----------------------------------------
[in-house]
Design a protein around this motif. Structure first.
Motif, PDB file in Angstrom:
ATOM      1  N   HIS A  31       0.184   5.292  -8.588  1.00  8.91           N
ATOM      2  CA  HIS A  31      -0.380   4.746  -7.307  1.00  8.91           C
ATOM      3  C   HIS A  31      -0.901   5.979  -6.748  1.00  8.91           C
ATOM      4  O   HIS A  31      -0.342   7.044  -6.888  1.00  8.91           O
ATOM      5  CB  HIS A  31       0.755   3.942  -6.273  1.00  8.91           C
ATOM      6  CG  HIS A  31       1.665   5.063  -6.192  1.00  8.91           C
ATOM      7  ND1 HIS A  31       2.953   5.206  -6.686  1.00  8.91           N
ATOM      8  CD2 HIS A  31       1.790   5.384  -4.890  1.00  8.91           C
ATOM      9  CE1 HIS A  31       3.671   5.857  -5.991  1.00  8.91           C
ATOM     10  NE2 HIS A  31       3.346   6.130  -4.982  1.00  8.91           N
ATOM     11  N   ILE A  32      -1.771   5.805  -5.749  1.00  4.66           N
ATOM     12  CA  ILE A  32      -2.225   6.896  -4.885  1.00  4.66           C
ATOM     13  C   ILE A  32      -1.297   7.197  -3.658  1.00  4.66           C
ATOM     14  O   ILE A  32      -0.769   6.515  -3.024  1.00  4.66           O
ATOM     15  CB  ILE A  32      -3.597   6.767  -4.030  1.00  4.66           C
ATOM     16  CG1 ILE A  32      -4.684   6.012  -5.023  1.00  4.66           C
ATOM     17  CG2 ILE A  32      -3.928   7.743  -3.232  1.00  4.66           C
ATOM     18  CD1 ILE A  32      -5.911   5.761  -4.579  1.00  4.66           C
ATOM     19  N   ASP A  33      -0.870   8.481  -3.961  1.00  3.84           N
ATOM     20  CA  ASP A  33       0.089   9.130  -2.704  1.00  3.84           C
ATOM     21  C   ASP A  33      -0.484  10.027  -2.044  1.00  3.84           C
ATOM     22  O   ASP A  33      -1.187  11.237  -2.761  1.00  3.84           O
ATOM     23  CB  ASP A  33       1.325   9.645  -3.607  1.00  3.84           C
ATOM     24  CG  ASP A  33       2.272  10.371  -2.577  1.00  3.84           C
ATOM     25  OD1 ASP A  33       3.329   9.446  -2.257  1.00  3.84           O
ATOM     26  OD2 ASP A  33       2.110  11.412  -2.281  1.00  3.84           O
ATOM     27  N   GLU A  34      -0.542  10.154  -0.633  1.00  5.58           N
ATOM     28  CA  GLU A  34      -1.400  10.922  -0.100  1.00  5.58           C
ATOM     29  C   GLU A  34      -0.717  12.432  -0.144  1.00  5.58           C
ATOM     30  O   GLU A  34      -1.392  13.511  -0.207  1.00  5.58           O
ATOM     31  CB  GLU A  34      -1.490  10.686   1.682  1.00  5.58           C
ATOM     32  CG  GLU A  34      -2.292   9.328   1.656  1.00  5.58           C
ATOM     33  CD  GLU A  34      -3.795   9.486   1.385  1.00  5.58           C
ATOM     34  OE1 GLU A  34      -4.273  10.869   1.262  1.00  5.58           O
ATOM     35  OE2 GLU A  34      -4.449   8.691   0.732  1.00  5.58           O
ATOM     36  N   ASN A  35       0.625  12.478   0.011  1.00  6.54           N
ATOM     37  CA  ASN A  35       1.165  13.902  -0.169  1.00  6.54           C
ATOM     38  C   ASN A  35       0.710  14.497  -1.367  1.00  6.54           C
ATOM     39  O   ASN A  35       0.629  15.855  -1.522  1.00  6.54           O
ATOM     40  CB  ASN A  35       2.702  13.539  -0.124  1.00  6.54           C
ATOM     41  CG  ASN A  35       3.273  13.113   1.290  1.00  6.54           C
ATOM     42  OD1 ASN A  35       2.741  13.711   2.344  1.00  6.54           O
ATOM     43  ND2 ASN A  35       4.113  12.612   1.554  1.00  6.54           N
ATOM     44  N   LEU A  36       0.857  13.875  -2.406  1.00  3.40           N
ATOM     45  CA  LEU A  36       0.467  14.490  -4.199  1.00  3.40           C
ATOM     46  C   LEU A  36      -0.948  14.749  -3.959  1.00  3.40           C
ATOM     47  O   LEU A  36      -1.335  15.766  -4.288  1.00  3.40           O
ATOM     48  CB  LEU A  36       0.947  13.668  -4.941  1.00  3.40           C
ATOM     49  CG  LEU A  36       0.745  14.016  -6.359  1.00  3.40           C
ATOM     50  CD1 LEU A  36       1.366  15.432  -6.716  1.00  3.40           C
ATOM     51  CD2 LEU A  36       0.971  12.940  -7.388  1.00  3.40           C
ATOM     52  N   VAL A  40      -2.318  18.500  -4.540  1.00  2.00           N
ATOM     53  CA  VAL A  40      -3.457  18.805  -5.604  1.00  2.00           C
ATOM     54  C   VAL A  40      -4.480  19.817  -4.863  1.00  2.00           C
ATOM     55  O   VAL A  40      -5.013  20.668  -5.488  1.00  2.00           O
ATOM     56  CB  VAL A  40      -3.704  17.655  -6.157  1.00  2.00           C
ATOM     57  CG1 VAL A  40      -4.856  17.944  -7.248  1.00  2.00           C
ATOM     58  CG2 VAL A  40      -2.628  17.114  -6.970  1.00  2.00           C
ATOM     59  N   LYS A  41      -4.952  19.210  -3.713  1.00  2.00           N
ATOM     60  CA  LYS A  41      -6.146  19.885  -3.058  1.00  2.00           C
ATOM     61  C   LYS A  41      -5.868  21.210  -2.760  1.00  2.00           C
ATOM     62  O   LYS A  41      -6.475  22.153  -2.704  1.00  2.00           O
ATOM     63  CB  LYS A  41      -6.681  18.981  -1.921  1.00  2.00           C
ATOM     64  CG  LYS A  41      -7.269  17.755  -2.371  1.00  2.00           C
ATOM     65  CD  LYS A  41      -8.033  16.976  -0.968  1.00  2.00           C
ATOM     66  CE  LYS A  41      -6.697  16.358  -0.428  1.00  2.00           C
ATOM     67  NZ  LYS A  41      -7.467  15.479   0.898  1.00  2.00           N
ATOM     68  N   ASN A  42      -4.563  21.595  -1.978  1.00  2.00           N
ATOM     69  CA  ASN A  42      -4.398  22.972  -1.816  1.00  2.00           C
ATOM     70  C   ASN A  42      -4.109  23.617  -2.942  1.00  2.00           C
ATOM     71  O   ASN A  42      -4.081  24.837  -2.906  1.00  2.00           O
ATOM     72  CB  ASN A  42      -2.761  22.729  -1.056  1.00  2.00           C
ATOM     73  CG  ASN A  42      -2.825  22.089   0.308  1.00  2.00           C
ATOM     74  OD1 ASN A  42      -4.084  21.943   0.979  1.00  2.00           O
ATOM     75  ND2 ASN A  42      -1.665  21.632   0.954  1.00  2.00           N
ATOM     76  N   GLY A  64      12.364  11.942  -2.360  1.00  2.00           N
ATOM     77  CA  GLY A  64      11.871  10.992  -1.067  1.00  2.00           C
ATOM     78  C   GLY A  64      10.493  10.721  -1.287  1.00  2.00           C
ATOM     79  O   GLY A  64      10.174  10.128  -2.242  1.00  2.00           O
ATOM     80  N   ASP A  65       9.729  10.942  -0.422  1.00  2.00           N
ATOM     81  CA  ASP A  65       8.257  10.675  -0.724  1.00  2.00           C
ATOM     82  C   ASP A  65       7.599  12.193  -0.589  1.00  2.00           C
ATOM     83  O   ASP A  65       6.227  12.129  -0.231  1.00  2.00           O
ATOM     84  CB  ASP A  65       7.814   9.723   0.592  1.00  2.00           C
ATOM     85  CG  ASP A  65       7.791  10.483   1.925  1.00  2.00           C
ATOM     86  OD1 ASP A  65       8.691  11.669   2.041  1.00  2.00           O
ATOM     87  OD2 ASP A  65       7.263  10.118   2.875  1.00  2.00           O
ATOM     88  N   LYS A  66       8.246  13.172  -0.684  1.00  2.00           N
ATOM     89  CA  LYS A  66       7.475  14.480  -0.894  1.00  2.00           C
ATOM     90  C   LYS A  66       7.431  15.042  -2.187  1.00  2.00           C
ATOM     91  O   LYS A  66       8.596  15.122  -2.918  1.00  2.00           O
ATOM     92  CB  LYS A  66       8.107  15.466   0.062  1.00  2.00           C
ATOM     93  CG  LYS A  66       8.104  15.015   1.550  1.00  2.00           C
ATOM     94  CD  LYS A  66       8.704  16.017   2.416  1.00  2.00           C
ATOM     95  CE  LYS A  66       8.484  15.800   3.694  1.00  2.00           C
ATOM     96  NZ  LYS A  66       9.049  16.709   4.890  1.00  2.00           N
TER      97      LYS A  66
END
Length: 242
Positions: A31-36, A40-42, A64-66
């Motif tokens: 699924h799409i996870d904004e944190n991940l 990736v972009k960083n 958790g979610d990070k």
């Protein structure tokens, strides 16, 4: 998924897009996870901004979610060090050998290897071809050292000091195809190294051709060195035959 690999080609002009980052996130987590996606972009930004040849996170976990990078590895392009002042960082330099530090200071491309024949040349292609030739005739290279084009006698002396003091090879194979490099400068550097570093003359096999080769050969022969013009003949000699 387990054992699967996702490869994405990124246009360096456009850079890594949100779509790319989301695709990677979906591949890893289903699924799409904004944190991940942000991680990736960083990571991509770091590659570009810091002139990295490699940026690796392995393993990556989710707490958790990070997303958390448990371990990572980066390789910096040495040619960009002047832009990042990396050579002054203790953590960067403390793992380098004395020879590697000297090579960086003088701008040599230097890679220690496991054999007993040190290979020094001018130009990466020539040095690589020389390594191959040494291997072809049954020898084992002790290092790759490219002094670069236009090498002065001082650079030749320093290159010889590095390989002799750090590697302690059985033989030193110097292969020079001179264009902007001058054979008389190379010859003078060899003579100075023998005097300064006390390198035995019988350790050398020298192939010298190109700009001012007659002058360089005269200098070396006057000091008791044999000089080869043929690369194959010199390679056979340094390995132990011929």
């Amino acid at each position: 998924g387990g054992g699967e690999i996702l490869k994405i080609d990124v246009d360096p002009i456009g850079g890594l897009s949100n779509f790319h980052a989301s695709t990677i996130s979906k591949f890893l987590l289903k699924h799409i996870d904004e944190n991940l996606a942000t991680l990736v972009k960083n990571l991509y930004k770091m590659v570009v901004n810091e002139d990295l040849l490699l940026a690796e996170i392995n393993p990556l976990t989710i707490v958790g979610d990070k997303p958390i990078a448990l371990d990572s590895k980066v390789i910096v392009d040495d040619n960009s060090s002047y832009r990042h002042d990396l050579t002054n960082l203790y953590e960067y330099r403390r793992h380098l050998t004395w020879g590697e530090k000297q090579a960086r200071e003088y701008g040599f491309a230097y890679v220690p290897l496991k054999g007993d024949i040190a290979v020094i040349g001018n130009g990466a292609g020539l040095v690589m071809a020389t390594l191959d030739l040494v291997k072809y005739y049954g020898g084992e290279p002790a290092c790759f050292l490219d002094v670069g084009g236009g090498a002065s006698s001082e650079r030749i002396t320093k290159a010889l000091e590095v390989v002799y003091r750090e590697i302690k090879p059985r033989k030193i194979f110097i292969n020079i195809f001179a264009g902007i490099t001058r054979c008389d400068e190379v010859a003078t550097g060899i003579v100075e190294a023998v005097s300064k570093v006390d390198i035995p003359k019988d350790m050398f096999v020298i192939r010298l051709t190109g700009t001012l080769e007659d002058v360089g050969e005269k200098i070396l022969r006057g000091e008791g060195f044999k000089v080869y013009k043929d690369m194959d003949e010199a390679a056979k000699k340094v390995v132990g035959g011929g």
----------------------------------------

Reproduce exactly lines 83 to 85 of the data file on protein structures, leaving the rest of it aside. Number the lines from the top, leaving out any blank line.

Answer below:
ATOM     80  N   ASP A  65       9.729  10.942  -0.422  1.00  2.00           N
ATOM     81  CA  ASP A  65       8.257  10.675  -0.724  1.00  2.00           C
ATOM     82  C   ASP A  65       7.599  12.193  -0.589  1.00  2.00           C